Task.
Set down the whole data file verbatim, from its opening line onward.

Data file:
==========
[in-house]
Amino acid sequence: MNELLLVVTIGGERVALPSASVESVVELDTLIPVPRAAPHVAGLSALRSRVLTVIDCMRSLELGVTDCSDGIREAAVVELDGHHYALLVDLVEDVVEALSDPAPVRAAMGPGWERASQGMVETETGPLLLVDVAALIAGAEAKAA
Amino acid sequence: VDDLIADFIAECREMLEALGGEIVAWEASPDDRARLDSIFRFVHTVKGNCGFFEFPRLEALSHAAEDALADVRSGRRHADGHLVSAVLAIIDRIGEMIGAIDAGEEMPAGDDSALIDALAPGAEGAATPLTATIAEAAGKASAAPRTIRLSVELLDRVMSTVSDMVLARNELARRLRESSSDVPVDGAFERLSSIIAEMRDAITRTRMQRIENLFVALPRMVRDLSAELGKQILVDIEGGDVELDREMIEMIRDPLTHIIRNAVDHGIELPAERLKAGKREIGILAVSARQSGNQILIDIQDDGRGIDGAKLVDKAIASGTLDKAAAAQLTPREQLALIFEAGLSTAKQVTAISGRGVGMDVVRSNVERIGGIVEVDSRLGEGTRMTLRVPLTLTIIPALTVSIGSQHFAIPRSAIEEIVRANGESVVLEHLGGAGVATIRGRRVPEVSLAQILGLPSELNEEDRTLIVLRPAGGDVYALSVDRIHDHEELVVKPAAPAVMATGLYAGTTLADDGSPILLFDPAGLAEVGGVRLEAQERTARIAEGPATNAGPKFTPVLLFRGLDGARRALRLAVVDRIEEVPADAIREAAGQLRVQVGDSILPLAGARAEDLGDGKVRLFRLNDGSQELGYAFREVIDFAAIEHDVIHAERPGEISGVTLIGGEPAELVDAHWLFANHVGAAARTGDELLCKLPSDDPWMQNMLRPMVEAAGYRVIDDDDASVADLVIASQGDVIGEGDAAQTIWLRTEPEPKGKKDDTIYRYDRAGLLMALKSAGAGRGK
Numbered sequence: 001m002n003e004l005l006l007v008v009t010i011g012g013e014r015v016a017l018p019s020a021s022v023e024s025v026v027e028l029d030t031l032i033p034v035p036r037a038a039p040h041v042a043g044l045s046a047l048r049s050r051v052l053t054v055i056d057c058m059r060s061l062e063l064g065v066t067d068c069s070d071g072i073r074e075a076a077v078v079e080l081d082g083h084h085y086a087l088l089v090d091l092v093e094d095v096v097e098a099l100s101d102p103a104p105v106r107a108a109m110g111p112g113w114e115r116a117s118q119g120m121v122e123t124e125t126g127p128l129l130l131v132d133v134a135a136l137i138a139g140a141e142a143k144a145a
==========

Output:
[in-house]
Amino acid sequence: MNELLLVVTIGGERVALPSASVESVVELDTLIPVPRAAPHVAGLSALRSRVLTVIDCMRSLELGVTDCSDGIREAAVVELDGHHYALLVDLVEDVVEALSDPAPVRAAMGPGWERASQGMVETETGPLLLVDVAALIAGAEAKAA
Amino acid sequence: VDDLIADFIAECREMLEALGGEIVAWEASPDDRARLDSIFRFVHTVKGNCGFFEFPRLEALSHAAEDALADVRSGRRHADGHLVSAVLAIIDRIGEMIGAIDAGEEMPAGDDSALIDALAPGAEGAATPLTATIAEAAGKASAAPRTIRLSVELLDRVMSTVSDMVLARNELARRLRESSSDVPVDGAFERLSSIIAEMRDAITRTRMQRIENLFVALPRMVRDLSAELGKQILVDIEGGDVELDREMIEMIRDPLTHIIRNAVDHGIELPAERLKAGKREIGILAVSARQSGNQILIDIQDDGRGIDGAKLVDKAIASGTLDKAAAAQLTPREQLALIFEAGLSTAKQVTAISGRGVGMDVVRSNVERIGGIVEVDSRLGEGTRMTLRVPLTLTIIPALTVSIGSQHFAIPRSAIEEIVRANGESVVLEHLGGAGVATIRGRRVPEVSLAQILGLPSELNEEDRTLIVLRPAGGDVYALSVDRIHDHEELVVKPAAPAVMATGLYAGTTLADDGSPILLFDPAGLAEVGGVRLEAQERTARIAEGPATNAGPKFTPVLLFRGLDGARRALRLAVVDRIEEVPADAIREAAGQLRVQVGDSILPLAGARAEDLGDGKVRLFRLNDGSQELGYAFREVIDFAAIEHDVIHAERPGEISGVTLIGGEPAELVDAHWLFANHVGAAARTGDELLCKLPSDDPWMQNMLRPMVEAAGYRVIDDDDASVADLVIASQGDVIGEGDAAQTIWLRTEPEPKGKKDDTIYRYDRAGLLMALKSAGAGRGK
Numbered sequence: 001m002n003e004l005l006l007v008v009t010i011g012g013e014r015v016a017l018p019s020a021s022v023e024s025v026v027e028l029d030t031l032i033p034v035p036r037a038a039p040h041v042a043g044l045s046a047l048r049s050r051v052l053t054v055i056d057c058m059r060s061l062e063l064g065v066t067d068c069s070d071g072i073r074e075a076a077v078v079e080l081d082g083h084h085y086a087l088l089v090d091l092v093e094d095v096v097e098a099l100s101d102p103a104p105v106r107a108a109m110g111p112g113w114e115r116a117s118q119g120m121v122e123t124e125t126g127p128l129l130l131v132d133v134a135a136l137i138a139g140a141e142a143k144a145a